Tuesday, March 6, 2018

Six Months Later

Last August my husband embarked on two new endeavors, both of which meant a lot to him. He signed up for a once-a-week night class and started independently studying for a really intense licensing exam. As a man who works full time and logs in another part-time job's worth of hours in overtime, he's already stretched really thin. I didn't vocalize my concern at the time, lest I appear unsupportive, but I couldn't conceive of a world where he had enough energy to devote to all three commitments successfully. Unwilling to proclaim his ambitious efforts destined for failure, however, I refused to give breath to my fears. In fact I did the opposite. Like a good wife I shut my mouth, smiled, and threw all my support and encouragement behind him.

I also decided the only way to get through this next phase was to subjugate my own needs to take care of his. While there was some gallantry to my thought process, it pretty much lacked logic. The reality is I'm a high-maintenance trainwreck who's constantly sick and struggling to fight my way back from an atrocious viral relapse. Not exactly a model cheerleader, let alone life partner, to get someone through an intense time of personal improvement. Nor am I a person who has the luxury of not taking care of myself. Especially once the stress and exhaustion of his demanding schedule started turning my husband into an ogre...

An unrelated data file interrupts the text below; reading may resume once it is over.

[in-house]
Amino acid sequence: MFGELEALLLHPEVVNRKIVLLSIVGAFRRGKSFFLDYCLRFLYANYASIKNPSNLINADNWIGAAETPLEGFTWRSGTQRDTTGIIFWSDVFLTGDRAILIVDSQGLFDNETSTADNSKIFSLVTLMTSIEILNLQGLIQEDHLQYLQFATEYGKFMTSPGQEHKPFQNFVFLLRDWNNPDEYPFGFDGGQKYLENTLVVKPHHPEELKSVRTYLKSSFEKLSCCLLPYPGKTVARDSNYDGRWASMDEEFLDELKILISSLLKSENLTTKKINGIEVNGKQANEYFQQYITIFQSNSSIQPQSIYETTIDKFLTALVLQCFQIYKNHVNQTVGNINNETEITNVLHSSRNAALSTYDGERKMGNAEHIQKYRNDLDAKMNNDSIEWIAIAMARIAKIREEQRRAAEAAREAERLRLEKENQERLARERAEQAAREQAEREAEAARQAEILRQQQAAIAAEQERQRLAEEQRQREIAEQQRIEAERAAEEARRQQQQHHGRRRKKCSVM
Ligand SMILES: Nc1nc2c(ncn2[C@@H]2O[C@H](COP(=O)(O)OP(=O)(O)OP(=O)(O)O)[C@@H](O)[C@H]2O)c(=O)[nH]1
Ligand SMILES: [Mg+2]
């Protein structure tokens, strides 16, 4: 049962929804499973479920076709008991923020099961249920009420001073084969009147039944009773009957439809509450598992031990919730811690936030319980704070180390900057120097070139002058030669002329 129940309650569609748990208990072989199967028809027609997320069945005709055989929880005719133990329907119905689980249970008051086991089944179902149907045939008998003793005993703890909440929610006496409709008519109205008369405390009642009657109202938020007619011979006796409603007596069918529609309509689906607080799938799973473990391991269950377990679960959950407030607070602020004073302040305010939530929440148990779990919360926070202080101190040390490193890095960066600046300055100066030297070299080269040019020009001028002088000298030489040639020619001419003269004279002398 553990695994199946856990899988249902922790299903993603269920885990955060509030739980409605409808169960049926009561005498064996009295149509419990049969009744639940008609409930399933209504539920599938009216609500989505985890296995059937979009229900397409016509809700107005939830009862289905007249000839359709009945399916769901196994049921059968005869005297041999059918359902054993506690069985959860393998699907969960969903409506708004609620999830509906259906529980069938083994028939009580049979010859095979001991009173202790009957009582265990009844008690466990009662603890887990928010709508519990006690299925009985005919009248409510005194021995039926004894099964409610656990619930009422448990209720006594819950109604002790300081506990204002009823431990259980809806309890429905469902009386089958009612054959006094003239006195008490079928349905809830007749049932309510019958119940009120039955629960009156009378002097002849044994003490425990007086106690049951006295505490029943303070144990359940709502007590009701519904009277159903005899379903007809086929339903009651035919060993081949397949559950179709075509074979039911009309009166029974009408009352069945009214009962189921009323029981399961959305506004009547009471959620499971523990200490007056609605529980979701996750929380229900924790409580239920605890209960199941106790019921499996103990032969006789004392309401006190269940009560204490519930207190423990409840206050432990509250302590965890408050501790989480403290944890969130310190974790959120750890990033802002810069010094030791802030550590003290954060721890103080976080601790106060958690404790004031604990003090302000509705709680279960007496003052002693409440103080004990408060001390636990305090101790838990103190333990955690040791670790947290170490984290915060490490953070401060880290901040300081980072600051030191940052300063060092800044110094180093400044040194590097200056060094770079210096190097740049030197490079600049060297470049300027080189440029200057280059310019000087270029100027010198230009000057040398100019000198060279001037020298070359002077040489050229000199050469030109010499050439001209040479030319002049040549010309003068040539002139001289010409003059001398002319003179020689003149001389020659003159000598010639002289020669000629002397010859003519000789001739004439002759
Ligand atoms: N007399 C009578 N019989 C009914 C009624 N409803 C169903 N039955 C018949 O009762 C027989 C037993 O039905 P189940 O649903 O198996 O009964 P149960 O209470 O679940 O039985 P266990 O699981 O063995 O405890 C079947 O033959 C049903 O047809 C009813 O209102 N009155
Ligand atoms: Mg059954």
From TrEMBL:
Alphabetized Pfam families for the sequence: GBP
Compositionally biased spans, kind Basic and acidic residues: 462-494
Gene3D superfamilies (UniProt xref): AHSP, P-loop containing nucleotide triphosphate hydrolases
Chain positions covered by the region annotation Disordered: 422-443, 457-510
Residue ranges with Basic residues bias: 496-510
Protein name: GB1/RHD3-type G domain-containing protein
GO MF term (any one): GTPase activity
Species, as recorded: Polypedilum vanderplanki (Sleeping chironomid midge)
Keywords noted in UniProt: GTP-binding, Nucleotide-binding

Ultimately life became unbearable. Again. My reaction was to stop talking and retreat into myself. I felt increasingly trapped in a life I couldn't stand and had no control over. But my husband was near the end of his commitments and struggling to stay afloat, so I couldn't very well say anything to him. The last thing he needed as he raced toward success was a nagging wife to distract him with her whiny little problems. Isolated, alone, and angry, my mental health took a hit.

He passed the flippin' licensing exam last Friday. The floodgates of my misery burst open on Saturday. For the past week we've done a lot of talking. I'm sitting on months worth of unexpressed anger and resentment that has turned me bitter and hostile. He's got an entire life he's been avoiding and has to start participating in again.

While I'm relieved things are on the right track, I'm disappointed in us. We've been together nearly nineteen years and have had more hard times than most people have hairs on their head. You'd think we would have learned how to navigate life's challenges without falling apart, as individuals and as a couple. But instead of coming together, we both retreated into our own individual survival modes and wreaked a fair amount of havoc in our own lives. That havoc has to be cleaned up. So while it seemed like passing that licensing exam meant the hard work was coming to an end, I'm quickly realizing it's only starting to begin.

Thanks for joining,